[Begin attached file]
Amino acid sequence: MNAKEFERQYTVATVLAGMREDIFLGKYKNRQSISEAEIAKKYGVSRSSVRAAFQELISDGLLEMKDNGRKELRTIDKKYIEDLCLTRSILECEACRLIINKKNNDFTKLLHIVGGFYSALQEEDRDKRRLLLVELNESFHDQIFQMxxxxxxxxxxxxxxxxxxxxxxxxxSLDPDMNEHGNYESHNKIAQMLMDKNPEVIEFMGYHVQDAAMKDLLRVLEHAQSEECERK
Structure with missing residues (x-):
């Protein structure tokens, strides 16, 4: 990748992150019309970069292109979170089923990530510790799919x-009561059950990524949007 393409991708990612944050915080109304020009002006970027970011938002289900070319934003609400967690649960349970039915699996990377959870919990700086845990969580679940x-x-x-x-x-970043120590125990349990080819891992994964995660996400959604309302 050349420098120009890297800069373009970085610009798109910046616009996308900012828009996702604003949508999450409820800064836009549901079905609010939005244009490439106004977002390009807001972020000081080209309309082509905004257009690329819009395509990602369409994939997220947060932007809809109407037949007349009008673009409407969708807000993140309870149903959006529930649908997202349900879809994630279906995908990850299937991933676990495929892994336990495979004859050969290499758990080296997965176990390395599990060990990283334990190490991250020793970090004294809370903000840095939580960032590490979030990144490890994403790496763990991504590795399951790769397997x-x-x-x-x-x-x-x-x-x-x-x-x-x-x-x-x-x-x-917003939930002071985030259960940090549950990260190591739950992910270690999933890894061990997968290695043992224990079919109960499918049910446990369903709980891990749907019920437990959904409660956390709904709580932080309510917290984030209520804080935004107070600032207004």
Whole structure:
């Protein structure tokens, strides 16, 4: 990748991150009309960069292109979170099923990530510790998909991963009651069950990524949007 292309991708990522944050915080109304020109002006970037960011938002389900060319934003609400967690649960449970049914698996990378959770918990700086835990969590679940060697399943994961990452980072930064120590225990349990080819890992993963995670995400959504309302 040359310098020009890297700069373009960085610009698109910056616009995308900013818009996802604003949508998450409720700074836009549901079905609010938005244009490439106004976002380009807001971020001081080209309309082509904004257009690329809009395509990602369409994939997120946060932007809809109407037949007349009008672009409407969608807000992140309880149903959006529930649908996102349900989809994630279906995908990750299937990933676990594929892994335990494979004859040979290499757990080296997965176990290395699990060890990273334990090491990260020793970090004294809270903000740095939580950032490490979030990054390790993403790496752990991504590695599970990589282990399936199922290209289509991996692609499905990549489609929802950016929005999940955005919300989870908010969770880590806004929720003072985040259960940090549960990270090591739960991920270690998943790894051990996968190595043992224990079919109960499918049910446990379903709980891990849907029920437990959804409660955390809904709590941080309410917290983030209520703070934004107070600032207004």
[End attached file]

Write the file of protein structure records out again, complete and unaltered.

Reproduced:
Amino acid sequence: MNAKEFERQYTVATVLAGMREDIFLGKYKNRQSISEAEIAKKYGVSRSSVRAAFQELISDGLLEMKDNGRKELRTIDKKYIEDLCLTRSILECEACRLIINKKNNDFTKLLHIVGGFYSALQEEDRDKRRLLLVELNESFHDQIFQMxxxxxxxxxxxxxxxxxxxxxxxxxSLDPDMNEHGNYESHNKIAQMLMDKNPEVIEFMGYHVQDAAMKDLLRVLEHAQSEECERK
Structure with missing residues (x-):
């Protein structure tokens, strides 16, 4: 990748992150019309970069292109979170089923990530510790799919x-009561059950990524949007 393409991708990612944050915080109304020009002006970027970011938002289900070319934003609400967690649960349970039915699996990377959870919990700086845990969580679940x-x-x-x-x-970043120590125990349990080819891992994964995660996400959604309302 050349420098120009890297800069373009970085610009798109910046616009996308900012828009996702604003949508999450409820800064836009549901079905609010939005244009490439106004977002390009807001972020000081080209309309082509905004257009690329819009395509990602369409994939997220947060932007809809109407037949007349009008673009409407969708807000993140309870149903959006529930649908997202349900879809994630279906995908990850299937991933676990495929892994336990495979004859050969290499758990080296997965176990390395599990060990990283334990190490991250020793970090004294809370903000840095939580960032590490979030990144490890994403790496763990991504590795399951790769397997x-x-x-x-x-x-x-x-x-x-x-x-x-x-x-x-x-x-x-917003939930002071985030259960940090549950990260190591739950992910270690999933890894061990997968290695043992224990079919109960499918049910446990369903709980891990749907019920437990959904409660956390709904709580932080309510917290984030209520804080935004107070600032207004």
Whole structure:
């Protein structure tokens, strides 16, 4: 990748991150009309960069292109979170099923990530510790998909991963009651069950990524949007 292309991708990522944050915080109304020109002006970037960011938002389900060319934003609400967690649960449970049914698996990378959770918990700086835990969590679940060697399943994961990452980072930064120590225990349990080819890992993963995670995400959504309302 040359310098020009890297700069373009960085610009698109910056616009995308900013818009996802604003949508998450409720700074836009549901079905609010938005244009490439106004976002380009807001971020001081080209309309082509904004257009690329809009395509990602369409994939997120946060932007809809109407037949007349009008672009409407969608807000992140309880149903959006529930649908996102349900989809994630279906995908990750299937990933676990594929892994335990494979004859040979290499757990080296997965176990290395699990060890990273334990090491990260020793970090004294809270903000740095939580950032490490979030990054390790993403790496752990991504590695599970990589282990399936199922290209289509991996692609499905990549489609929802950016929005999940955005919300989870908010969770880590806004929720003072985040259960940090549960990270090591739960991920270690998943790894051990996968190595043992224990079919109960499918049910446990379903709980891990849907029920437990959804409660955390809904709590941080309410917290983030209520703070934004107070600032207004």